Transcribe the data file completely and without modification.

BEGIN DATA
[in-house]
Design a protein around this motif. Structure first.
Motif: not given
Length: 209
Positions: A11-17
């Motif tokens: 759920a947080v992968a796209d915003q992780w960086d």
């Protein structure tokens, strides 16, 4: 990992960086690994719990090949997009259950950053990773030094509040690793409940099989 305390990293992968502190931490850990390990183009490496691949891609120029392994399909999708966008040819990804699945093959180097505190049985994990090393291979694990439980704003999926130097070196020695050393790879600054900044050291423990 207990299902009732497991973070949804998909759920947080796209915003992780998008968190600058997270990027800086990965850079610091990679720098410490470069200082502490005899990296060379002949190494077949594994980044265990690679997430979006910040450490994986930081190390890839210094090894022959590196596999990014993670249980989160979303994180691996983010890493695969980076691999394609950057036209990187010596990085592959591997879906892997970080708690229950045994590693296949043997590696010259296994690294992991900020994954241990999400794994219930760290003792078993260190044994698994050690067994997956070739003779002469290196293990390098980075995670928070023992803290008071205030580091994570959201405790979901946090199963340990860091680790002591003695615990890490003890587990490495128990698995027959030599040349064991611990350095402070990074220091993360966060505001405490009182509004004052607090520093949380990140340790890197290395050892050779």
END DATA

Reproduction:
[in-house]
Design a protein around this motif. Structure first.
Motif: not given
Length: 209
Positions: A11-17
């Motif tokens: 759920a947080v992968a796209d915003q992780w960086d």
């Protein structure tokens, strides 16, 4: 990992960086690994719990090949997009259950950053990773030094509040690793409940099989 305390990293992968502190931490850990390990183009490496691949891609120029392994399909999708966008040819990804699945093959180097505190049985994990090393291979694990439980704003999926130097070196020695050393790879600054900044050291423990 207990299902009732497991973070949804998909759920947080796209915003992780998008968190600058997270990027800086990965850079610091990679720098410490470069200082502490005899990296060379002949190494077949594994980044265990690679997430979006910040450490994986930081190390890839210094090894022959590196596999990014993670249980989160979303994180691996983010890493695969980076691999394609950057036209990187010596990085592959591997879906892997970080708690229950045994590693296949043997590696010259296994690294992991900020994954241990999400794994219930760290003792078993260190044994698994050690067994997956070739003779002469290196293990390098980075995670928070023992803290008071205030580091994570959201405790979901946090199963340990860091680790002591003695615990890490003890587990490495128990698995027959030599040349064991611990350095402070990074220091993360966060505001405490009182509004004052607090520093949380990140340790890197290395050892050779």